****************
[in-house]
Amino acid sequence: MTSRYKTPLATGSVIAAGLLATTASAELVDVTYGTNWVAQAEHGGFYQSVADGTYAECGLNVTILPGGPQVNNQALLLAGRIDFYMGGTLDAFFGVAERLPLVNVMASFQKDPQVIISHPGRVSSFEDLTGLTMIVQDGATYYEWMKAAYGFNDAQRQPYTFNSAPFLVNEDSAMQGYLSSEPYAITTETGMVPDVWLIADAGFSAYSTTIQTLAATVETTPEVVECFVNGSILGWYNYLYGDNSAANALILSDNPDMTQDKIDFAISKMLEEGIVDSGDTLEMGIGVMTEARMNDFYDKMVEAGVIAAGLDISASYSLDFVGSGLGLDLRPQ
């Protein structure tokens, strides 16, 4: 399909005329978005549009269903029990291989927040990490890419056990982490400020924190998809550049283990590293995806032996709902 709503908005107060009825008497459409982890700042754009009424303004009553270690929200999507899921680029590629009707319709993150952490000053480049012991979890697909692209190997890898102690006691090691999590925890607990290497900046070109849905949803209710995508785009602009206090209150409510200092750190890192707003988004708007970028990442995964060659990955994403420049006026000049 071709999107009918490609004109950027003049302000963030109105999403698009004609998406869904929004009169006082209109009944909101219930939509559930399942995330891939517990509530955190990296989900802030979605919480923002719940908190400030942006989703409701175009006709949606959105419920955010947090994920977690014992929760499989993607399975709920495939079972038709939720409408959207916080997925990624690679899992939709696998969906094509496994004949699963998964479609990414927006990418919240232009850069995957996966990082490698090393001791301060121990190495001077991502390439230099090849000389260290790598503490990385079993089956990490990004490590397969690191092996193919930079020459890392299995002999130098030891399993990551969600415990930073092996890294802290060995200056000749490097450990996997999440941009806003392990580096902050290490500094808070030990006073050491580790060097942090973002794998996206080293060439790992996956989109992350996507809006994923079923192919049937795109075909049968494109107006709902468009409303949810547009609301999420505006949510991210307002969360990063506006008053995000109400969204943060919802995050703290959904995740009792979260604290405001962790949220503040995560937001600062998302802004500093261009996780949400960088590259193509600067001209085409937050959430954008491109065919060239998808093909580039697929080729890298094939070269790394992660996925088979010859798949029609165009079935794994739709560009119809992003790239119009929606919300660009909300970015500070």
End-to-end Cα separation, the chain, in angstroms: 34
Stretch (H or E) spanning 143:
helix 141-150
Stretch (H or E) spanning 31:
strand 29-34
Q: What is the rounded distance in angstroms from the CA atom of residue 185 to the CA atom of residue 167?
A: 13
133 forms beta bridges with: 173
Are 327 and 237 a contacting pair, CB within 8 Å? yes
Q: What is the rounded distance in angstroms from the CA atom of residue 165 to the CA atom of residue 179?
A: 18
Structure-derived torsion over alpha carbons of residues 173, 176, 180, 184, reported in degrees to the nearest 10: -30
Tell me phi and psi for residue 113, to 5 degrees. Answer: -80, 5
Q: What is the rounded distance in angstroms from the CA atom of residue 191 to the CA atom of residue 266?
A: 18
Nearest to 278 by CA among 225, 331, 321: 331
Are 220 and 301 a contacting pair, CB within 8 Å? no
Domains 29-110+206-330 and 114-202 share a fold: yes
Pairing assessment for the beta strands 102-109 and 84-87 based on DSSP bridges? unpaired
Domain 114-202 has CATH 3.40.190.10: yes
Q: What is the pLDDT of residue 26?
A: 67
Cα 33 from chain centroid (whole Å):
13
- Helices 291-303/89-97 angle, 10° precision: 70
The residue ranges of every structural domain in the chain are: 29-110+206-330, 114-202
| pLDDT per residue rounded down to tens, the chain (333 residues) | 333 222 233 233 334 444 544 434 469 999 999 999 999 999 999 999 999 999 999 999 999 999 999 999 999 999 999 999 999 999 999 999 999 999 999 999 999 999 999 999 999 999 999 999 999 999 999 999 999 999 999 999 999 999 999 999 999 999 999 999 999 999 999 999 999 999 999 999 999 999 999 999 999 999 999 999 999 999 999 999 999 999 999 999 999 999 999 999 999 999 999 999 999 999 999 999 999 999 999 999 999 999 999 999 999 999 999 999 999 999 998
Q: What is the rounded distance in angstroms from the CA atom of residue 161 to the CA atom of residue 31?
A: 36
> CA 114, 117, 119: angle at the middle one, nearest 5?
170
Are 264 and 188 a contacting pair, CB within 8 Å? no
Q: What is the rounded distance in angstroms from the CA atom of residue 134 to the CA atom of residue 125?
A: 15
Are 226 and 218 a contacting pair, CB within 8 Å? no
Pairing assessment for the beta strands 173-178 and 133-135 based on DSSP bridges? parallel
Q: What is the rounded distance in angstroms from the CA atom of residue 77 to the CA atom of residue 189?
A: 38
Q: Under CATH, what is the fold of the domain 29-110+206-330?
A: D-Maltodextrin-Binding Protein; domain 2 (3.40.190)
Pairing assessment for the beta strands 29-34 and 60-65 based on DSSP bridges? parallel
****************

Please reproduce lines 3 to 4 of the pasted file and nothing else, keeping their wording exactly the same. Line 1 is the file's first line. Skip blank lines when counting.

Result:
């Protein structure tokens, strides 16, 4: 399909005329978005549009269903029990291989927040990490890419056990982490400020924190998809550049283990590293995806032996709902 709503908005107060009825008497459409982890700042754009009424303004009553270690929200999507899921680029590629009707319709993150952490000053480049012991979890697909692209190997890898102690006691090691999590925890607990290497900046070109849905949803209710995508785009602009206090209150409510200092750190890192707003988004708007970028990442995964060659990955994403420049006026000049 071709999107009918490609004109950027003049302000963030109105999403698009004609998406869904929004009169006082209109009944909101219930939509559930399942995330891939517990509530955190990296989900802030979605919480923002719940908190400030942006989703409701175009006709949606959105419920955010947090994920977690014992929760499989993607399975709920495939079972038709939720409408959207916080997925990624690679899992939709696998969906094509496994004949699963998964479609990414927006990418919240232009850069995957996966990082490698090393001791301060121990190495001077991502390439230099090849000389260290790598503490990385079993089956990490990004490590397969690191092996193919930079020459890392299995002999130098030891399993990551969600415990930073092996890294802290060995200056000749490097450990996997999440941009806003392990580096902050290490500094808070030990006073050491580790060097942090973002794998996206080293060439790992996956989109992350996507809006994923079923192919049937795109075909049968494109107006709902468009409303949810547009609301999420505006949510991210307002969360990063506006008053995000109400969204943060919802995050703290959904995740009792979260604290405001962790949220503040995560937001600062998302802004500093261009996780949400960088590259193509600067001209085409937050959430954008491109065919060239998808093909580039697929080729890298094939070269790394992660996925088979010859798949029609165009079935794994739709560009119809992003790239119009929606919300660009909300970015500070």
End-to-end Cα separation, the chain, in angstroms: 34